2017 & 2020 Grant Recipient
Jesse Casana is a specialist in the archaeology of the Middle East and joined the Department of Anthropology at Dartmouth in 2015. His research investigates settlement and land use history, the emergence and development of complex societies, and the dynamic interactions of humans with their environment. Casana's projects explore large regions, embrace long periods of human history, and employ a wide range of technologies. He is currently the co-director of a regional archaeological survey project in the upper Diyala (Sirwan) River Valley and an excavation at the second millennium BC city of Khani Masi, both in the Kurdistan Region of Iraq.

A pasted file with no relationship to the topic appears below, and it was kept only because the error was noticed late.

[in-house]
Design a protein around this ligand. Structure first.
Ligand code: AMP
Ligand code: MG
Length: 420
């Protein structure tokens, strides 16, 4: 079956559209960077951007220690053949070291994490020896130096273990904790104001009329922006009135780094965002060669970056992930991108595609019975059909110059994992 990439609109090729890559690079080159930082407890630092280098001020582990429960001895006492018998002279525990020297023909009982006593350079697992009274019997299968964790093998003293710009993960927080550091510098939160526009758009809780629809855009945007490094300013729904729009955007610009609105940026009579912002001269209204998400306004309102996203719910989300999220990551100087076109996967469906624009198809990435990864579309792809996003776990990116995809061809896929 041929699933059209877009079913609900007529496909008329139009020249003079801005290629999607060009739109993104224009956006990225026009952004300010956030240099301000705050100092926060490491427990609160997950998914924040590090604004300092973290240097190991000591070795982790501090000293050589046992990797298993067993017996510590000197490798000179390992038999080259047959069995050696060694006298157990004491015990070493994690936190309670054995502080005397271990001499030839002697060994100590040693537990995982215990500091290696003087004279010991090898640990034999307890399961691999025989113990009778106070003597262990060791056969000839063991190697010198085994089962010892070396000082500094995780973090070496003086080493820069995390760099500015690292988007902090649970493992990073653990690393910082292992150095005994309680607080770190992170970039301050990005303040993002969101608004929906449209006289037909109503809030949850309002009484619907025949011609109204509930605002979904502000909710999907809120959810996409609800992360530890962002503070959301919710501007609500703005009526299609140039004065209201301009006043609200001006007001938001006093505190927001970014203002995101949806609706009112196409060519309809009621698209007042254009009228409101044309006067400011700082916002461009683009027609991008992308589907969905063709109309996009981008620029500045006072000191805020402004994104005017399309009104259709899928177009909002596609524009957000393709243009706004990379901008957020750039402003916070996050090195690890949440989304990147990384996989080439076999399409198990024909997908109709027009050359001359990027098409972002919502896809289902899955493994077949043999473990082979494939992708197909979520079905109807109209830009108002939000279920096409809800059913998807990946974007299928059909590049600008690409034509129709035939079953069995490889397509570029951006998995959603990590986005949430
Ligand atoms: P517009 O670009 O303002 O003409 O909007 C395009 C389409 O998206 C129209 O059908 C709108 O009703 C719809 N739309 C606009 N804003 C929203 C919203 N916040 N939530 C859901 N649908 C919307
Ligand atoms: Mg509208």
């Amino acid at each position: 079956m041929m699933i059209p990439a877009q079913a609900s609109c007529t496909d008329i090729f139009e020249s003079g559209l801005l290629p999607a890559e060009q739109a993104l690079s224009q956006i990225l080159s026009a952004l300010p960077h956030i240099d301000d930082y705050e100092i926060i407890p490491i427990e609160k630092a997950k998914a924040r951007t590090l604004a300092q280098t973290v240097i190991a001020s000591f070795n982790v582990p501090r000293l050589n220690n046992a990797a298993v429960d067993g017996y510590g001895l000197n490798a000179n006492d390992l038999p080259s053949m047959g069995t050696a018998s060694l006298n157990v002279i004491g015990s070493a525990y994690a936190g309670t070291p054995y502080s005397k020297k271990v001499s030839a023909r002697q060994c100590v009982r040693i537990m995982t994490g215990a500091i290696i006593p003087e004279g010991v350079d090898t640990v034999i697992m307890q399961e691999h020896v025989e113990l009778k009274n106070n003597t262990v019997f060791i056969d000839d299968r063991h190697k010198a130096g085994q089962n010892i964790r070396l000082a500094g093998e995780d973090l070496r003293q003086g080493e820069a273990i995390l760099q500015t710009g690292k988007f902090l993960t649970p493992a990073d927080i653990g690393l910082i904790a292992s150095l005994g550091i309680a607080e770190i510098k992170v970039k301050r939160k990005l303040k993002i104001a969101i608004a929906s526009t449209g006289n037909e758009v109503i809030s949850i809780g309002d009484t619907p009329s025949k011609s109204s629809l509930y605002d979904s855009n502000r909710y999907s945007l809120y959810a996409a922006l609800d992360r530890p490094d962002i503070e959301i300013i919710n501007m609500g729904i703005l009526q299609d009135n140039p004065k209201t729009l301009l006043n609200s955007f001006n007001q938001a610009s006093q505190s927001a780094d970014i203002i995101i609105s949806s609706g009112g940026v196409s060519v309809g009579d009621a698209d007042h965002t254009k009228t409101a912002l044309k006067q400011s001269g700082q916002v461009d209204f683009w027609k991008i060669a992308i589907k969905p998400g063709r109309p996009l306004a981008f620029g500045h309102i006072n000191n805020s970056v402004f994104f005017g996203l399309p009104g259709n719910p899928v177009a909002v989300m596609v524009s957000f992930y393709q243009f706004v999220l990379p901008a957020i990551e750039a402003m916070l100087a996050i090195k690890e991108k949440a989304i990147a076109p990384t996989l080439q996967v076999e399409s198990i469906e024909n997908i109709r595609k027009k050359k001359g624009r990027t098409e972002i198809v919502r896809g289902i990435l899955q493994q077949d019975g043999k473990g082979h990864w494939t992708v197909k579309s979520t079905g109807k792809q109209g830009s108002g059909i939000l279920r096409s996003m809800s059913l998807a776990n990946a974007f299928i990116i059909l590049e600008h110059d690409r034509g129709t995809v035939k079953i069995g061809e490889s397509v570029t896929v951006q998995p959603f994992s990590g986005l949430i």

Much of Prof. Casana’s research is dedicated to the development and implementation of geospatial technologies in archaeology, primarily using satellite, low-altitude aerial, and ground-based remote sensing. He currently directs the CORONA Atlas Project, an effort to make Cold War-era spy satellite imagery available to researchers through an online database. He also directs an NEH-funded project that is exploring archaeological landscapes in North America and the Middle East using drone-acquired thermal and mulispectral imagery. In addition, Casana is a Co-PI for the NSF-funded SPARC (SPatial Archaeometry Research Collaborations) Program.